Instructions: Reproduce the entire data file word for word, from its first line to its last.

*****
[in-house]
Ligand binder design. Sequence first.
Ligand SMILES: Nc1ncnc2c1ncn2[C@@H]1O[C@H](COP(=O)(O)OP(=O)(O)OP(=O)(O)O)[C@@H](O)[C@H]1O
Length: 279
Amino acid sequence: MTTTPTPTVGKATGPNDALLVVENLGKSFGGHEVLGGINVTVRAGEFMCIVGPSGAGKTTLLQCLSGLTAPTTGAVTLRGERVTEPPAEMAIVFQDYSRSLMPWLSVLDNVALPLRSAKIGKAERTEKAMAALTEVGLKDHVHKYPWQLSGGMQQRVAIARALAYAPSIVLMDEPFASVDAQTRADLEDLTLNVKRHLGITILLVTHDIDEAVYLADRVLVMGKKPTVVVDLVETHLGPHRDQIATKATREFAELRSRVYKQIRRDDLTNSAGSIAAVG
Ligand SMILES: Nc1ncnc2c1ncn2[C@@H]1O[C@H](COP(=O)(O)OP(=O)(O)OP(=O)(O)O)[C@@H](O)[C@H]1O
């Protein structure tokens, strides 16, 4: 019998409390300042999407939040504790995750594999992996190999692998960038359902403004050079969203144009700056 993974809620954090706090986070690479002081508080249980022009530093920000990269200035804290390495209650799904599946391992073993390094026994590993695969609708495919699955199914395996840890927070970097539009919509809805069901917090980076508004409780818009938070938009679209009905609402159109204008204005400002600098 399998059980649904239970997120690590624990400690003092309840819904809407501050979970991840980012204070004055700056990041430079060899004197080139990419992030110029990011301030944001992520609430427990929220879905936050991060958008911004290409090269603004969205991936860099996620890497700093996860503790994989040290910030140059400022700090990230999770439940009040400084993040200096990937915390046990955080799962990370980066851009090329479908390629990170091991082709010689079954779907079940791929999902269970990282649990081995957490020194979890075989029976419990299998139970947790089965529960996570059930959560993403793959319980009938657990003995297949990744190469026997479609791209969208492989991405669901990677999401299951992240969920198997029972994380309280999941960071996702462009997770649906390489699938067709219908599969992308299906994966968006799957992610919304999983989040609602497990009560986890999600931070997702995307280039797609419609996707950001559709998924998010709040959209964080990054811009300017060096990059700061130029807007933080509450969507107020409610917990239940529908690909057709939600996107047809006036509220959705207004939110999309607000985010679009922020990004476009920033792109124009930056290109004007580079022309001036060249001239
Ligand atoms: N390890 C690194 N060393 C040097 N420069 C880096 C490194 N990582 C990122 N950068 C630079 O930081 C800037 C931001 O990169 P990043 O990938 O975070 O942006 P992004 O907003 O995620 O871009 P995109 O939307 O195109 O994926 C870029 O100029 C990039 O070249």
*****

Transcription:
[in-house]
Ligand binder design. Sequence first.
Ligand SMILES: Nc1ncnc2c1ncn2[C@@H]1O[C@H](COP(=O)(O)OP(=O)(O)OP(=O)(O)O)[C@@H](O)[C@H]1O
Length: 279
Amino acid sequence: MTTTPTPTVGKATGPNDALLVVENLGKSFGGHEVLGGINVTVRAGEFMCIVGPSGAGKTTLLQCLSGLTAPTTGAVTLRGERVTEPPAEMAIVFQDYSRSLMPWLSVLDNVALPLRSAKIGKAERTEKAMAALTEVGLKDHVHKYPWQLSGGMQQRVAIARALAYAPSIVLMDEPFASVDAQTRADLEDLTLNVKRHLGITILLVTHDIDEAVYLADRVLVMGKKPTVVVDLVETHLGPHRDQIATKATREFAELRSRVYKQIRRDDLTNSAGSIAAVG
Ligand SMILES: Nc1ncnc2c1ncn2[C@@H]1O[C@H](COP(=O)(O)OP(=O)(O)OP(=O)(O)O)[C@@H](O)[C@H]1O
């Protein structure tokens, strides 16, 4: 019998409390300042999407939040504790995750594999992996190999692998960038359902403004050079969203144009700056 993974809620954090706090986070690479002081508080249980022009530093920000990269200035804290390495209650799904599946391992073993390094026994590993695969609708495919699955199914395996840890927070970097539009919509809805069901917090980076508004409780818009938070938009679209009905609402159109204008204005400002600098 399998059980649904239970997120690590624990400690003092309840819904809407501050979970991840980012204070004055700056990041430079060899004197080139990419992030110029990011301030944001992520609430427990929220879905936050991060958008911004290409090269603004969205991936860099996620890497700093996860503790994989040290910030140059400022700090990230999770439940009040400084993040200096990937915390046990955080799962990370980066851009090329479908390629990170091991082709010689079954779907079940791929999902269970990282649990081995957490020194979890075989029976419990299998139970947790089965529960996570059930959560993403793959319980009938657990003995297949990744190469026997479609791209969208492989991405669901990677999401299951992240969920198997029972994380309280999941960071996702462009997770649906390489699938067709219908599969992308299906994966968006799957992610919304999983989040609602497990009560986890999600931070997702995307280039797609419609996707950001559709998924998010709040959209964080990054811009300017060096990059700061130029807007933080509450969507107020409610917990239940529908690909057709939600996107047809006036509220959705207004939110999309607000985010679009922020990004476009920033792109124009930056290109004007580079022309001036060249001239
Ligand atoms: N390890 C690194 N060393 C040097 N420069 C880096 C490194 N990582 C990122 N950068 C630079 O930081 C800037 C931001 O990169 P990043 O990938 O975070 O942006 P992004 O907003 O995620 O871009 P995109 O939307 O195109 O994926 C870029 O100029 C990039 O070249």